How to Listen to Air Traffic Control, Even on Your Phone

Jun 11, 2018

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“Speedbird 6 Heavy taxi via Foxtrot, turn left Echo Echo, cross one four left, Golf,” the ground controller commands.

Then, a slight pause.

“Taxi Foxtrot, left Echo Echo, cross one four left, Golf, Speedbird 6 Heavy,” the English-accented pilot repeats.

A picture taken from the new Air Traffic Control tower shows Manchester airport, northwest England, on June 25, 2013, during a media preview of the 20 million British pound (31 million US dollars) facility which will be operational in the coming days. AFP PHOTO/Paul Ellis (Photo credit should read PAUL ELLIS/AFP/Getty Images)
Air Traffic Control in action. Photo by PAUL ELLIS/AFP/Getty Images

It’s all in the language of pilots and Air Traffic Control (ATC), and fascinating for the aviation enthusiast. If you’ve got nothing better to do on one night, visit LiveATC.net, where anyone with a computer or smartphone and a passing interest in aviation can listen to control towers live, worldwide, and in full action. Student pilots use it to listen to their local airport to get accustomed to the myriad radio calls required.

LiveATC was launched in 2002 by pilot Dave Pascoe. It runs primarily on user donations and commercial work setting up private ATC streaming.

“I started it when I was working on my instrument rating. I couldn’t hear Boston Approach from my home in central Massachusetts so I placed some receivers near Boston Logan, where those transmissions originate,” Pascoe said. “From that point forward it’s been the result of a large amount of crowd-sourcing and other activities that have enabled the network to grow.”

How does it work?

LiveATC is a digital feed of local receivers tuned to aircraft communications around the world. Perhaps surprisingly, volunteers who live within radio range of airports (generally 15 miles) use spare radio and computer equipment to relay “airband” transmissions into the LiveATC.net audio network. You can bring up the feeds via a Flash player or MP3, and there’s even a series of apps for smartphones.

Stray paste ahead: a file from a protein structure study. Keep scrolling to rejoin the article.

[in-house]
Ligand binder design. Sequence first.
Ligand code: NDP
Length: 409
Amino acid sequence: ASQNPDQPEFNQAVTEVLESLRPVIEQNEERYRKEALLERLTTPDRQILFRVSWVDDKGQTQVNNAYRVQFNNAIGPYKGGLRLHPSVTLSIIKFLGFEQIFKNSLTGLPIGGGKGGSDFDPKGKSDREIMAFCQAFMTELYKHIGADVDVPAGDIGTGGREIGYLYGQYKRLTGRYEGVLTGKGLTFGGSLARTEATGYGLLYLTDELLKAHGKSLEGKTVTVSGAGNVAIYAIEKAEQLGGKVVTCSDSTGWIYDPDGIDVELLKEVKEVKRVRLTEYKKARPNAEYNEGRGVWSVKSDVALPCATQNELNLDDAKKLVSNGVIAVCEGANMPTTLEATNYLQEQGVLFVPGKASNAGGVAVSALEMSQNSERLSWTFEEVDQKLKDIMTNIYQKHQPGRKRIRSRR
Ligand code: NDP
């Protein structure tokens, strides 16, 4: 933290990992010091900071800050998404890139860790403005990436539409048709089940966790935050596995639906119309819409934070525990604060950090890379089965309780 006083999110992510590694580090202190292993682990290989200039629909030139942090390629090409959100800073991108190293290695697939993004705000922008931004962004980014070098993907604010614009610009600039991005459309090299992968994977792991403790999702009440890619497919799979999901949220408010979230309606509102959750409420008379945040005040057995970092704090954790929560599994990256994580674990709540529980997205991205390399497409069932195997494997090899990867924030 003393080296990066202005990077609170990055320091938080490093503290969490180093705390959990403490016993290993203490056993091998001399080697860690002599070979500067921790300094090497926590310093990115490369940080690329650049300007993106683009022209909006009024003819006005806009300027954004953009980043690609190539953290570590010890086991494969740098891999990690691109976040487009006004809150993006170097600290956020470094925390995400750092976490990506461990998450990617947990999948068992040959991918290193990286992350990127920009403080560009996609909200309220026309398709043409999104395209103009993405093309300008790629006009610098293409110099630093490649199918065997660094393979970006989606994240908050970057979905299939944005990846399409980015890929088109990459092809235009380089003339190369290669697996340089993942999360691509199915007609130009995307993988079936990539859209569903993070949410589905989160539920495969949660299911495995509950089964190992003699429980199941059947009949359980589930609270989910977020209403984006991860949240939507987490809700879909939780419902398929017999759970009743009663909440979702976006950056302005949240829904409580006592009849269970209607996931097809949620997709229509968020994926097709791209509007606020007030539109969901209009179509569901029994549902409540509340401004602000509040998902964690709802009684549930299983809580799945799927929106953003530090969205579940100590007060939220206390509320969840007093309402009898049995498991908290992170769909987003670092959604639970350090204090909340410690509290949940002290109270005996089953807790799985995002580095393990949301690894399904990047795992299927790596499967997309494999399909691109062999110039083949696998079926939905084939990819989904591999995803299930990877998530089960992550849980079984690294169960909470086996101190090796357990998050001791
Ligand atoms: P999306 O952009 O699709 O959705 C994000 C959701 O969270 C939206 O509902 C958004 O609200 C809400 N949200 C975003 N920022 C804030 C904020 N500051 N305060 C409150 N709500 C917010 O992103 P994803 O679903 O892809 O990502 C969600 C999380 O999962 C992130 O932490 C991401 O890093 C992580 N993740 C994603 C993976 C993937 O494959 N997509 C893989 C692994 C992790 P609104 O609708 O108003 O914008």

Worldwide ATC feeds, live

For example, tune in now to JFK’s Tower (scroll down the page). At the time of writing there were no less than 17 aviation enthusiasts tuned in, listening to the comings and goings of planes with call signs like Speedbird (British Airways) and Shamrock (Aer Lingus) on approach or departure. It’s a rapid clip of controllers and pilots working together in an orderly symphony.

Here are the top 50 feeds worldwide, with JFK and Tokyo – Haneda (HND) top of the list. The coverage extends across North America, Europe, Asia-Pacific and South America. Your local airfield might also be listed if there’s a volunteer nearby.

What about LHR?

Unfortunately, UK law puts a stick in the spokes to listening to the ATC at Heathrow, the busiest airport in Europe and an AvGeek delight, with dozens of airlines from all over the world. Pascoe said the UK prohibits listening to ATC, let alone rebroadcasting it. “They hide behind old laws that have no real applicability in a modern information society,” he said. This is unfortunate, given that Heathrow connects the airlines of the world more so than any other.

Sully and Cactus 1459 from the LGA tower

LiveATC has an archive of every tower communication, and it also has a page dedicated to interesting ATC recordings. There are tail strikes, bird strikes, hail storms and everything under the sun. It’s fascinating.

For example, here is a composite recording of the entire flight of Cactus 1549, the US Airways Airbus A320 that Chesley Sullenberger and Jeff Skiles landed in the Hudson River. Just listen to that incredible instance of professionals at work, maintaining concise and calm communication in the most challenging of circumstances.

Tune in anywhere in the world, and you’ll hear the professionals at work for yourself.

Mike Arnot is the founder of Boarding Pass NYC, a New York-based travel brand, and a private pilot.

Featured image by by John Greim/LightRocket via Getty Images.

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